Better Late Than Never For Young Athletes


We’ve all seen the “early bloomers” in youth sports.  Those kids who just seem more physically gifted at an young age allowing them to dominate their leagues.  They fill up the rosters of the best teams and can discourage other players from sticking with their sport until their development takes off.  Now, new research from Indiana University shows that it can be worth the wait and investment to stay focused with good coaching and perseverance. In his book “Outliers”, author Malcolm Gladwell pointed out a little known anomaly in youth sports that is known as the “Relative-Age Effect.” He reviewed the research of Canadian psychologist Roger Barnsley, who found that a disproportionate percentage of elite hockey players had birthdays in the first quarter of each year.  Indeed, 32% of the NHL players studied had birthdays from January to March, while 16% were born between October and December.  Gladwell included studies from other sports, including baseball, football and soccer with the same uneven pattern.

Barnsley, as well as Gladwell, attributed this to the cut-off dates set for each sport’s age groupings.  For hockey’s January 1 cut-off date, a player born in January could be as much as 11 months older than another player from the same age-group born later in the year.  At age 8 or 9, those extra 11 months could be make quite a difference in physical size and motor skill maturity.  Hence, the theory goes, the older and bigger kids get picked more often for the elite, travelling teams setting them up for years of better coaching, better competition and a faster development pace.   As with most theories, there are certainly exceptions (Sidney Crosby has an August birthday) but it does provide some insight on how players are chosen and developed.  Robert Chapman, professor of kinesiology (and former cross country coach) at Indiana University, and his graduate student Joshua Foss wanted to find out if early athletic success led to similar results and improvement at elite levels later in an athlete’s career. First, they reviewed the career performances of 65 male and 64 female finalists at the 2000 Junior World Championships in track and field, looking at their subsequent competition results for the next 12 years to find their career best peak. Next, they looked at a different set, but same number, of athletes entered into similar events at the 2000 Olympics, as a representative of the highest possible level of success for track and field.  Results from their competitive meets 12 years before and 12 years after the 2000 Olympics were analyzed, again to find their upward trajectory to their personal best marks.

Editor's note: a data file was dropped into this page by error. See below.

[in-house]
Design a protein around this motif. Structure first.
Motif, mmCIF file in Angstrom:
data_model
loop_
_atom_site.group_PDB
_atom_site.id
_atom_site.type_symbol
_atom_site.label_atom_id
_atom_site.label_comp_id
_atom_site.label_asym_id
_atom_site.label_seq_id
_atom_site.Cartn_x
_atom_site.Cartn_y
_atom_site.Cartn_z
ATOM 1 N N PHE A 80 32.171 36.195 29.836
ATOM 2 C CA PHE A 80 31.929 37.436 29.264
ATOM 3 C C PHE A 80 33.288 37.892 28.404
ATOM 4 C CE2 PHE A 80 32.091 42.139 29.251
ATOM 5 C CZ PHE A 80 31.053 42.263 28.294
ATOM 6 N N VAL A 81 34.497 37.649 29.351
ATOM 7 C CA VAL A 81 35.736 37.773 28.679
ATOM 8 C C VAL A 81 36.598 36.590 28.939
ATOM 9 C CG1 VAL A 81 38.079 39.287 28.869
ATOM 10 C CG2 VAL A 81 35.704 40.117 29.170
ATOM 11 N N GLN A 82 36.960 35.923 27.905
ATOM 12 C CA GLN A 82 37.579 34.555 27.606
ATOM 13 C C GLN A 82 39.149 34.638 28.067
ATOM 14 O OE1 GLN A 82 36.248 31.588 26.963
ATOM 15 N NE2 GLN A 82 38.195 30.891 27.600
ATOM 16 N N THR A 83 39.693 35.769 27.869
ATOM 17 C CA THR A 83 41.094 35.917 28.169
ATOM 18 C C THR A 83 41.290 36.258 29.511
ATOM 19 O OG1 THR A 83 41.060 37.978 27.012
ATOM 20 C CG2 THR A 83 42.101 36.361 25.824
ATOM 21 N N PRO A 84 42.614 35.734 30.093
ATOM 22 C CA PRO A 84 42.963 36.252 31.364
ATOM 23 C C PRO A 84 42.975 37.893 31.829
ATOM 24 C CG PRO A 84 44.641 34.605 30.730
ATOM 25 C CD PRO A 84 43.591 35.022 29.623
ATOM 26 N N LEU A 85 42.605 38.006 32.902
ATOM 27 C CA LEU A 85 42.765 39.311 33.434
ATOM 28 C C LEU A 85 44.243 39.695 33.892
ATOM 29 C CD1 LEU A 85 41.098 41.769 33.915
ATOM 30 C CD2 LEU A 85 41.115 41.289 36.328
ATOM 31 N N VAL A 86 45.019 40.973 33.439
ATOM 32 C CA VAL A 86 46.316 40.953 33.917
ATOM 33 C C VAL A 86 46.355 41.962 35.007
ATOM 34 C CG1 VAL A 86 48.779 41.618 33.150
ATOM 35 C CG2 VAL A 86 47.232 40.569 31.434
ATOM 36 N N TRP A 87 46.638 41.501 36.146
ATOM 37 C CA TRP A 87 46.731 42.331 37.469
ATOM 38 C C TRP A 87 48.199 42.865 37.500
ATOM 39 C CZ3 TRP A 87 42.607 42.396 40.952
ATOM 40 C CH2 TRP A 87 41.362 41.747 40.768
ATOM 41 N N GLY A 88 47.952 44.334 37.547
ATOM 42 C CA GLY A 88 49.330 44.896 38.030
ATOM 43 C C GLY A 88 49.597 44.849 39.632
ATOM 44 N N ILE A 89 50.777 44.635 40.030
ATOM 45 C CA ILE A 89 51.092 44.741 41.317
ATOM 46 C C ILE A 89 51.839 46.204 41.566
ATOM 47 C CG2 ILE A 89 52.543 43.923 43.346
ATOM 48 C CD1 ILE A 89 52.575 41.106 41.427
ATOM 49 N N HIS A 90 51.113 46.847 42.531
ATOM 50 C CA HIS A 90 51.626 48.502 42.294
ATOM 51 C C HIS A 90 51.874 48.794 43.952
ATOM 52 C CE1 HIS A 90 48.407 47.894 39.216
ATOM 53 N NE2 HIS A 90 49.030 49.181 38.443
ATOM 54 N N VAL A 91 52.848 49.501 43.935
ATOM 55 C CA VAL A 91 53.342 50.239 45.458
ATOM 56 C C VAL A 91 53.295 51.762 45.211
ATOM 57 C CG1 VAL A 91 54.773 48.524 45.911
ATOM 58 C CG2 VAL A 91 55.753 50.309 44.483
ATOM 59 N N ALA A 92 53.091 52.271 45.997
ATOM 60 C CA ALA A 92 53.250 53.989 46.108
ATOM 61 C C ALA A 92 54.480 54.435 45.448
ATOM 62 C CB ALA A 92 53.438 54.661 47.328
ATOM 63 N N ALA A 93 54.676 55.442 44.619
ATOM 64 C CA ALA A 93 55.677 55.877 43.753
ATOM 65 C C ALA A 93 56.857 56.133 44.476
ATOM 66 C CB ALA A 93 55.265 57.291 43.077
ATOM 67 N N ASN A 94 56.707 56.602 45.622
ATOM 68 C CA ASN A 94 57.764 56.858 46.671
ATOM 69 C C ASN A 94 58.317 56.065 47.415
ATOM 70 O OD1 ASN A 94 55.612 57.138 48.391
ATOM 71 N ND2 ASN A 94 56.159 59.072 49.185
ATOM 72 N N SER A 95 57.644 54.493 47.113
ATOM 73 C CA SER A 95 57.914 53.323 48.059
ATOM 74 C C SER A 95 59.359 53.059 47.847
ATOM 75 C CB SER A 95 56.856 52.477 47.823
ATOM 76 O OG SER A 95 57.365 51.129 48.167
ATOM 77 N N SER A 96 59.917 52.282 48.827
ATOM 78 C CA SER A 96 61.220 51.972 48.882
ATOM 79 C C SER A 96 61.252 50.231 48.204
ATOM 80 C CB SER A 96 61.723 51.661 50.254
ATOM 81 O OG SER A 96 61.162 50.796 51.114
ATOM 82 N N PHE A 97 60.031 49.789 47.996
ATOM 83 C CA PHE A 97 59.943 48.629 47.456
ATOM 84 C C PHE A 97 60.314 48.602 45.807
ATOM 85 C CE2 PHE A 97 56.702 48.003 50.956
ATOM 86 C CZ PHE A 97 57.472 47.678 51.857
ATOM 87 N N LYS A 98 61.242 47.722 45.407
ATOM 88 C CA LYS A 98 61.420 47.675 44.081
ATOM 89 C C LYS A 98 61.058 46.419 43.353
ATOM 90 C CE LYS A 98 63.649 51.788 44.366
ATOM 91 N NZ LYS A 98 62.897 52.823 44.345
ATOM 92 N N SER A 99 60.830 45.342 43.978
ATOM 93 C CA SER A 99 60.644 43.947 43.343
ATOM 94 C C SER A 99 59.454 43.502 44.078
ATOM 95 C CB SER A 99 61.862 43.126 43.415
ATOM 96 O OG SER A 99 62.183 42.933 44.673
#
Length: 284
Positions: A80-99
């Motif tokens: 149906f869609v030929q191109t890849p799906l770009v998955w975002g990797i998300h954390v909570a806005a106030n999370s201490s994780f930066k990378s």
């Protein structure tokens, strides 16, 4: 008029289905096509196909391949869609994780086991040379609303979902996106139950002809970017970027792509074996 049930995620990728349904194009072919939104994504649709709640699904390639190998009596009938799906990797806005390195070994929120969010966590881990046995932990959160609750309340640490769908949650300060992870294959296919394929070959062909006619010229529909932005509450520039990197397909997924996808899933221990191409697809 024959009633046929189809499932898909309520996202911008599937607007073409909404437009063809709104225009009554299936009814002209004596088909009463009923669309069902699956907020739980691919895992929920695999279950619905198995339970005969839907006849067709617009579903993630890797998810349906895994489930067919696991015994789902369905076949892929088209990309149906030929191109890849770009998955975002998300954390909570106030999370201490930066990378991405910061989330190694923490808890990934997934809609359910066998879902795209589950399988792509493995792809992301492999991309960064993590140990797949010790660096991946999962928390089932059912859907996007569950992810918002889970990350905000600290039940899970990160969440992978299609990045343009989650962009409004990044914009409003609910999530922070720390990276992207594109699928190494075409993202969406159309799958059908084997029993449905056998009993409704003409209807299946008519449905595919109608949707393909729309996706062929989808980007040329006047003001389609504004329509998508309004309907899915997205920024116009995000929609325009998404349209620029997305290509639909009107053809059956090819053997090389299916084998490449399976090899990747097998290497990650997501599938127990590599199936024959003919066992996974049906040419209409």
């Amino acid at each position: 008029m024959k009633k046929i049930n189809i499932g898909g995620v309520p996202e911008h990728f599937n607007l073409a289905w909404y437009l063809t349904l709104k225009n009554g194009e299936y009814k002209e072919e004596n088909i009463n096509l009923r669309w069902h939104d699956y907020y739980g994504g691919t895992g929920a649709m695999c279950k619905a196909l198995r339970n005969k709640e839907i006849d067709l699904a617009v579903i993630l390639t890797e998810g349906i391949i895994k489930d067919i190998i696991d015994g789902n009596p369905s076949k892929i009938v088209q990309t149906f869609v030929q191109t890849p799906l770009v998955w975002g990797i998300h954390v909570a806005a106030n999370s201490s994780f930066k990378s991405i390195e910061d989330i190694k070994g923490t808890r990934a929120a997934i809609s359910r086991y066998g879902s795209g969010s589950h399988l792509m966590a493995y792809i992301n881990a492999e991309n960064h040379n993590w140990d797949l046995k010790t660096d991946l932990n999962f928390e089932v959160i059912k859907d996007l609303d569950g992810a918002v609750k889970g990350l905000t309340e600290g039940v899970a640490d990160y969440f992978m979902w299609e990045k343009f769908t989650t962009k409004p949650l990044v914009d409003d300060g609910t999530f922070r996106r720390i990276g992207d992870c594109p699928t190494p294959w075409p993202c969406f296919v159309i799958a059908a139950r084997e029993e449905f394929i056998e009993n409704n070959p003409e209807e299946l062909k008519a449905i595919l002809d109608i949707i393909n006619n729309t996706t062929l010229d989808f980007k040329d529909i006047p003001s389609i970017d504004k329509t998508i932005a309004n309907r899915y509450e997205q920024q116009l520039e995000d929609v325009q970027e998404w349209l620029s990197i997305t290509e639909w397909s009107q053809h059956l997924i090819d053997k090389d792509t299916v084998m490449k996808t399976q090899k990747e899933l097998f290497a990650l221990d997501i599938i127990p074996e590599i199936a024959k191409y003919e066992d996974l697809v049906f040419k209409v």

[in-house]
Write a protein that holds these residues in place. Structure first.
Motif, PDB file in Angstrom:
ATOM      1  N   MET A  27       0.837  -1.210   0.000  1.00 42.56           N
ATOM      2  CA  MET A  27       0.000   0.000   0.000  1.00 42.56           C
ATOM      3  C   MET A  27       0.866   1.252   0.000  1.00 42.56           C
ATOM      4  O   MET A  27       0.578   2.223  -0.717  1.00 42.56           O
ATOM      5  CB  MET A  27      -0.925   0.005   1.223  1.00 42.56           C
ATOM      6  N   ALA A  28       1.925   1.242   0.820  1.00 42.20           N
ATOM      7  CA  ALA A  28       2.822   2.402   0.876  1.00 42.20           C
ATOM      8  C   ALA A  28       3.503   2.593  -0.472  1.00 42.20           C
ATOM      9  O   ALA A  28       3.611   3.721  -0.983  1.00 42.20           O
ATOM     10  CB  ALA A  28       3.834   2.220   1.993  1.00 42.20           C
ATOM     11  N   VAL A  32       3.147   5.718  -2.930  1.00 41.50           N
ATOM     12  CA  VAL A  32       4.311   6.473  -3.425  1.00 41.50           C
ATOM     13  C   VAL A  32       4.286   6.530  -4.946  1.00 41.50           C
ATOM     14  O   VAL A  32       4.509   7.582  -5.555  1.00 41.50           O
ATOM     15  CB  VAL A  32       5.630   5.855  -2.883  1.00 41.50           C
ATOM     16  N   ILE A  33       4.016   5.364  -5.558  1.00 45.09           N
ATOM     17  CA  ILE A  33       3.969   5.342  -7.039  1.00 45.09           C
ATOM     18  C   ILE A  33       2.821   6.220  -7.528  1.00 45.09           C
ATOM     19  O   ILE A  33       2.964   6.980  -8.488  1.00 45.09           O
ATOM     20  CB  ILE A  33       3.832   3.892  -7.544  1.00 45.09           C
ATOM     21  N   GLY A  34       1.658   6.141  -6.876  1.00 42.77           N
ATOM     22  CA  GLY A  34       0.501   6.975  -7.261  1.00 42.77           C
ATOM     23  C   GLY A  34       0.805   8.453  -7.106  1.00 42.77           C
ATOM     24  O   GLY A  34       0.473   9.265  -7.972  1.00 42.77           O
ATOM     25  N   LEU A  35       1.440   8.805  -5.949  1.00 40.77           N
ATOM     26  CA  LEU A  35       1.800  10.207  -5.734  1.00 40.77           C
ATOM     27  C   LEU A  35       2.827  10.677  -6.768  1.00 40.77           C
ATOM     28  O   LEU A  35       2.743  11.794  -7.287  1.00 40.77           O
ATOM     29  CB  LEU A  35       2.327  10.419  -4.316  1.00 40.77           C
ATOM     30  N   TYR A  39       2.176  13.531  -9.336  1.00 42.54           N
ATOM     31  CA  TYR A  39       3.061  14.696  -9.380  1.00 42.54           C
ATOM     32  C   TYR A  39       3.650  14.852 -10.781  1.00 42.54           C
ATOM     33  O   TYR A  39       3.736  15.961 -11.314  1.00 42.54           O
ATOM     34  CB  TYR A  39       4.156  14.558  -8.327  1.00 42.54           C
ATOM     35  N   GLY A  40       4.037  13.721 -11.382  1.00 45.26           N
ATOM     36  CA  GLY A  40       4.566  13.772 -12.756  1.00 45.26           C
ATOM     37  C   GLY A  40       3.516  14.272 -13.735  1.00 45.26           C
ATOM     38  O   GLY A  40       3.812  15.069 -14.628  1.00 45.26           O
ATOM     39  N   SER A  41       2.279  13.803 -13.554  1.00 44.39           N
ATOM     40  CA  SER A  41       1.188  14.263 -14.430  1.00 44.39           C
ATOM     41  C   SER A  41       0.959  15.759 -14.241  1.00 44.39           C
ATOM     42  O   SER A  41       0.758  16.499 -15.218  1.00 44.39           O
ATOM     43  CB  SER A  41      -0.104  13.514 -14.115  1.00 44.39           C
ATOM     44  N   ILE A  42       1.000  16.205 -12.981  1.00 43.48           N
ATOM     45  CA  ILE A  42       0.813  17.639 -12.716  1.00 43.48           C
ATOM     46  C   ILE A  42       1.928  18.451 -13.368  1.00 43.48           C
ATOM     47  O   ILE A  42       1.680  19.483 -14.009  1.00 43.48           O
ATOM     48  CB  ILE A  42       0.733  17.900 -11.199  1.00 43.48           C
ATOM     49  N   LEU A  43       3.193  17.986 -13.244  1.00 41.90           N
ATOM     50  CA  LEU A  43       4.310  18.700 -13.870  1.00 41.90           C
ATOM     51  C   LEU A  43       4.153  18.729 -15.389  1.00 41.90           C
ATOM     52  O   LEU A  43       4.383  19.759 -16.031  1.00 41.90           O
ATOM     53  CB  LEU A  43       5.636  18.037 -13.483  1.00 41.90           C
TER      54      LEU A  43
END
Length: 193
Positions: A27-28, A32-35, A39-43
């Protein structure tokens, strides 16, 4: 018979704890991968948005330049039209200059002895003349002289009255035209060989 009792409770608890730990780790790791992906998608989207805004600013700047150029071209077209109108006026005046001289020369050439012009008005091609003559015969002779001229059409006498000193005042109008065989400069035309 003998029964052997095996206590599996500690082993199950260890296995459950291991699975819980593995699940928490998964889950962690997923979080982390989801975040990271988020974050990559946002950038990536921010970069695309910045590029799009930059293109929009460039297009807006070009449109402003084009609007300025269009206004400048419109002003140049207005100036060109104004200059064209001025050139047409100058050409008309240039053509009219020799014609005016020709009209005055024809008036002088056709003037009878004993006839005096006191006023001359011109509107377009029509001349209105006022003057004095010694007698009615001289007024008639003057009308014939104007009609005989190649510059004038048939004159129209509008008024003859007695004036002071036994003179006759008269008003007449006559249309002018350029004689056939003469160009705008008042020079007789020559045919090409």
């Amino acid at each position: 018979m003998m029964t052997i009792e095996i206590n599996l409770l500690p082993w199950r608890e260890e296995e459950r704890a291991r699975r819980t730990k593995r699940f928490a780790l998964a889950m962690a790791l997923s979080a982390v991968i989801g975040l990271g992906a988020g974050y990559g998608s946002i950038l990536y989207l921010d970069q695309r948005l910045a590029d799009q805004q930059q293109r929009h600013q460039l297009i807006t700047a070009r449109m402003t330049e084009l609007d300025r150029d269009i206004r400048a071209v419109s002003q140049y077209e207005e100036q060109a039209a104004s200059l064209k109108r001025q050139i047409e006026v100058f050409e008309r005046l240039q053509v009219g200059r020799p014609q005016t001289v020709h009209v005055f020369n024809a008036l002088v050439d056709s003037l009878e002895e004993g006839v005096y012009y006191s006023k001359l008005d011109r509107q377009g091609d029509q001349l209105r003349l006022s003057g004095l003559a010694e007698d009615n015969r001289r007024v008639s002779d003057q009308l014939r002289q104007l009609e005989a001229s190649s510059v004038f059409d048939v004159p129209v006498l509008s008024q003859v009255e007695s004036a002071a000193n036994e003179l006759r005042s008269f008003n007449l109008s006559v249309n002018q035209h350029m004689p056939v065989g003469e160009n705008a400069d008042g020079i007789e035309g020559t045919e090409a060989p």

Chapman and Foss found that:
  • Senior athletes performed best at a significantly later age than their junior counterparts in all four men's event groups and three of four women's event groups.
  • Compared to the star junior athletes, the senior athletes showed a significantly greater percentage of improvement in lifetime best performance compared to their best performances as junior athletes in six of eight groups.
  • Less than a quarter of the junior athletes studied went on to medal in the Olympics.
  • Less than one third of the Olympians studied won medals earlier in their career while competing in the Junior World Championships.
"You see it in a lot of sports," commented Chapman. "Elite performers in senior sports tend to be the ones who mature later. But it's hard to measure, particularly in men, the rate at which they mature. I had a very successful runner grow 4 inches in college while he ran for me."

While many youth sports programs have a “win now” mentality, parents and coaches should point to examples like this and encourage kids to stay with their sport for the long-term when their practice and technical development will trump their opponents who rely only on their early size and speed.